Most people think that top entrepreneurs or business owners are obsessed by money.
While it’s certainly up there on their list of priorities, I don’t think it’s the lead driver for many of them.
A recent book by British economist John Kay, entitled ‘Obliquity. Why Our Goals Are Best Achieved Indirectly’ shows that many of the best performing businesses were built by people who didn’t pursue wealth as their holy grail.
It was purely a bi-product of their need to achieve, to change the world, to feel better about themselves, or to leave a legacy.
Kay shows that companies like Boeing, Ford and Microsoft were driven by much loftier goals than filthy lucre. And ironically that is precisely why they ended up making so much of it.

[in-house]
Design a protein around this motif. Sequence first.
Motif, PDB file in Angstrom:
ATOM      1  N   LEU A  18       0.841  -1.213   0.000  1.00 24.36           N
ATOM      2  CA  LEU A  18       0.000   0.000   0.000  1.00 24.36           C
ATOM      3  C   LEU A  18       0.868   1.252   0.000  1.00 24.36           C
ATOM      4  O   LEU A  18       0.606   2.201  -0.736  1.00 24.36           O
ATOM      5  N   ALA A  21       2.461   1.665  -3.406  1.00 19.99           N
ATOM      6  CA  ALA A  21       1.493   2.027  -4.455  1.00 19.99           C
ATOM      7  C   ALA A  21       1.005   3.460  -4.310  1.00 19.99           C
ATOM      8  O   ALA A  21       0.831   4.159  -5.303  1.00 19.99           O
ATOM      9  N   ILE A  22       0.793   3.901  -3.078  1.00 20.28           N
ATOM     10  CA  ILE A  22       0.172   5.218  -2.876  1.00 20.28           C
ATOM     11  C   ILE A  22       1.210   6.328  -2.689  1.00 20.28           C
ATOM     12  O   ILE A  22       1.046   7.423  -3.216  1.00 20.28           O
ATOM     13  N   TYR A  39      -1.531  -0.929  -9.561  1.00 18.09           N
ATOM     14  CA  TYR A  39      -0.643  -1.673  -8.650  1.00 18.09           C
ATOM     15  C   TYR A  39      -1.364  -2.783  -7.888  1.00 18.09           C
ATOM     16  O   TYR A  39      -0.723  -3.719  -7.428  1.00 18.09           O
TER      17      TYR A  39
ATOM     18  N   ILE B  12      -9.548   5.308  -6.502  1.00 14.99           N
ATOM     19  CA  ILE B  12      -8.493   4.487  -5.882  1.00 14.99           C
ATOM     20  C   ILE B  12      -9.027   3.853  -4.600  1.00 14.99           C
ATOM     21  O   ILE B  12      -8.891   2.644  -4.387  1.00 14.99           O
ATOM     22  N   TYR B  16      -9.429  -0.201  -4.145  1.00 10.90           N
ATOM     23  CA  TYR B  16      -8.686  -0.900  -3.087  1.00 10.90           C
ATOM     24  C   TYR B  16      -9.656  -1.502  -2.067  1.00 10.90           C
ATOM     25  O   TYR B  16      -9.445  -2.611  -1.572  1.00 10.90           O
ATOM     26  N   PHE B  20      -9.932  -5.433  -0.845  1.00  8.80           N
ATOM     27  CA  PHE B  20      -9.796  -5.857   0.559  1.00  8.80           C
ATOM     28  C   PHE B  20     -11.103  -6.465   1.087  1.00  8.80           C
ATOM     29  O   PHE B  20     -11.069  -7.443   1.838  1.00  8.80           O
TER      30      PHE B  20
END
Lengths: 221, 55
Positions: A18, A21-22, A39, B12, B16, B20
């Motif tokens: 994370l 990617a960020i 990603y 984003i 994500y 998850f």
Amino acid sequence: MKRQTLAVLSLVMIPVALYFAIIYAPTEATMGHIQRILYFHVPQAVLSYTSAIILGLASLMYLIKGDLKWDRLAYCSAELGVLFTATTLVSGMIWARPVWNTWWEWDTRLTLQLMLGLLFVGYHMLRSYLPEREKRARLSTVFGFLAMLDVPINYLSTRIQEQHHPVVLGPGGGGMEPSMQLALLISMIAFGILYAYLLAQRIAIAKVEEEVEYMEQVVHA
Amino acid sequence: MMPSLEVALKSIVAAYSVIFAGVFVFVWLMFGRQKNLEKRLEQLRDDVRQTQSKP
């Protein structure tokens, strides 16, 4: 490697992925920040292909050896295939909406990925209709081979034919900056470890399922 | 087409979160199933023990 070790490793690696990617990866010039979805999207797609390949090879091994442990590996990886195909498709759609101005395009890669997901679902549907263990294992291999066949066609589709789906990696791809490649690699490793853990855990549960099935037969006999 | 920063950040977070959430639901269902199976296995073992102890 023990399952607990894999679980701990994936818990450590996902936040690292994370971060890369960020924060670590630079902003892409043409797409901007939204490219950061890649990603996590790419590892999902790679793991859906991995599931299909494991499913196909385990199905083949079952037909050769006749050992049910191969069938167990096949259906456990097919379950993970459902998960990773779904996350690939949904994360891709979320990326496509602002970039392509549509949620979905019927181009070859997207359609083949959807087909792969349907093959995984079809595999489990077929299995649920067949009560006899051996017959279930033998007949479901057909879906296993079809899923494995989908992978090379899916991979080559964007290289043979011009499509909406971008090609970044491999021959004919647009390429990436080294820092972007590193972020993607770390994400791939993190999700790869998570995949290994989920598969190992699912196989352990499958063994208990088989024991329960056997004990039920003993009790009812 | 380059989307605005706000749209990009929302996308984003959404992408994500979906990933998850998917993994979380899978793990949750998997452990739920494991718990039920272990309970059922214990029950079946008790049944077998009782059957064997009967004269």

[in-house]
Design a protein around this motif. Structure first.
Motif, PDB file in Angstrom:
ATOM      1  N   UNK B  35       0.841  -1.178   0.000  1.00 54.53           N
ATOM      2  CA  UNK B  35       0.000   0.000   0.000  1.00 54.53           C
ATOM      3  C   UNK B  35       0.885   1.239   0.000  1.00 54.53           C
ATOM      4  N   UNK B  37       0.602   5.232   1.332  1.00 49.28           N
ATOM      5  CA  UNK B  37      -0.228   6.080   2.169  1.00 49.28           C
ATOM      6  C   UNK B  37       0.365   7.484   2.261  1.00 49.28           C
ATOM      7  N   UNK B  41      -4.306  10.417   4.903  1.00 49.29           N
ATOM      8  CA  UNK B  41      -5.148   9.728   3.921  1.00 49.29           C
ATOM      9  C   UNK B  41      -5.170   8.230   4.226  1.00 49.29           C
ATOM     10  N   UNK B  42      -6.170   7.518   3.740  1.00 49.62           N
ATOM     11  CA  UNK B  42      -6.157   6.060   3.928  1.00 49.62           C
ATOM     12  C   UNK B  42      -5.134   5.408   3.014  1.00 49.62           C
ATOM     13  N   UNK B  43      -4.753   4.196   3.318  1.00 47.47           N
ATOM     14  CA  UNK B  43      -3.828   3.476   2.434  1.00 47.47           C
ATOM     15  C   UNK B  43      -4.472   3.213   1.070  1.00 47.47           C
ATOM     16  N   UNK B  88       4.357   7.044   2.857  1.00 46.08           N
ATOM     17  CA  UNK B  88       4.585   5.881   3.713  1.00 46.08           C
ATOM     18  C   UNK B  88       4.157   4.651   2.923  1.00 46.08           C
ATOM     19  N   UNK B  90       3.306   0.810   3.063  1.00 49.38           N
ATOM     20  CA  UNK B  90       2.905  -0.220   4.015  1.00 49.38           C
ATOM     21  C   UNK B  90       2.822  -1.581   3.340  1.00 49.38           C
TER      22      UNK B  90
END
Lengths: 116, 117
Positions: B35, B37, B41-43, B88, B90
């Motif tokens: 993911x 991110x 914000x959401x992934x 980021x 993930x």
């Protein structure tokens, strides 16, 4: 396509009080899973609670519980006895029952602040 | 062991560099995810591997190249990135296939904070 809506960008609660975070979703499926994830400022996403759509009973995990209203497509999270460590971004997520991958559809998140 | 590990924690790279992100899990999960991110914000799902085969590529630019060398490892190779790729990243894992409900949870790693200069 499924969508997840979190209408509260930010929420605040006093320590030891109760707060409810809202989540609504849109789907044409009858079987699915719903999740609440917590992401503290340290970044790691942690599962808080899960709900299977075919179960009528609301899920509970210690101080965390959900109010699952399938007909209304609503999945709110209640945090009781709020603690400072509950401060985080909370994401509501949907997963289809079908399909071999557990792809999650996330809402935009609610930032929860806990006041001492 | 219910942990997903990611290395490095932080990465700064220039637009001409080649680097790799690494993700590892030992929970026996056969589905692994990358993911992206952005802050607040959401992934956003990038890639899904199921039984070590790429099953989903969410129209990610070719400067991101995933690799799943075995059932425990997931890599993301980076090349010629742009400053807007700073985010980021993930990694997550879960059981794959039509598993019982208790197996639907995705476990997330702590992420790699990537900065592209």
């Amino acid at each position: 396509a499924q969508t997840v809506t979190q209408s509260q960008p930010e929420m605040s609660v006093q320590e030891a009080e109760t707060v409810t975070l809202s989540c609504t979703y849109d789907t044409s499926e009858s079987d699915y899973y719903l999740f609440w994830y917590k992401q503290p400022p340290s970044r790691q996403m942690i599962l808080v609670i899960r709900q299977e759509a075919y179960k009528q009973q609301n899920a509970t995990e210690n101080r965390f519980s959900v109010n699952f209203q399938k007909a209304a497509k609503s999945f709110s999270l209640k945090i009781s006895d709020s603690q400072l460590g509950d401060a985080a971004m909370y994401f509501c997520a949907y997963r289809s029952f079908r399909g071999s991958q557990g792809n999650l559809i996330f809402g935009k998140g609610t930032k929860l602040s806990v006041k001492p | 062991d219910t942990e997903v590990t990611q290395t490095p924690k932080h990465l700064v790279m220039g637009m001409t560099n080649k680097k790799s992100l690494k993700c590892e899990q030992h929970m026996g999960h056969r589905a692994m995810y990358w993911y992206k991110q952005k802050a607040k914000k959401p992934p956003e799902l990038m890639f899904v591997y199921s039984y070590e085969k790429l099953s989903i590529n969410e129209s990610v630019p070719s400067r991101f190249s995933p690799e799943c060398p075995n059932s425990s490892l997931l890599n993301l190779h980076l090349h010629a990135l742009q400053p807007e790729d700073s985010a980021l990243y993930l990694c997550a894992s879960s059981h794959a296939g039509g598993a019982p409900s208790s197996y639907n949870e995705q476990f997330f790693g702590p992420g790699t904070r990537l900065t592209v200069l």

That money is somewhat down the priority list for many billionaires may shock a lot of people, but it won’t surprise those who have made a heap of dollars.
All the research shows that we quickly become used to living on a larger amount, and it then does virtually nothing to increase our happiness.
For example, in a business coaching study done by the king of happiness psychology, Ed Diener, members of the Forbes 400 Rich List reported only 1% greater happiness than the average American wage earner.
And what delights the rich, long term, if it isn’t money?
Well, in a piece in Fortune magazine recently, Warren Buffett wrote, “The asset I most value, aside from health, is interesting, diverse, long standing friends.”
Good reminders to those of us who may be slowly destroying our friendships as we desperately chase a few more dollars.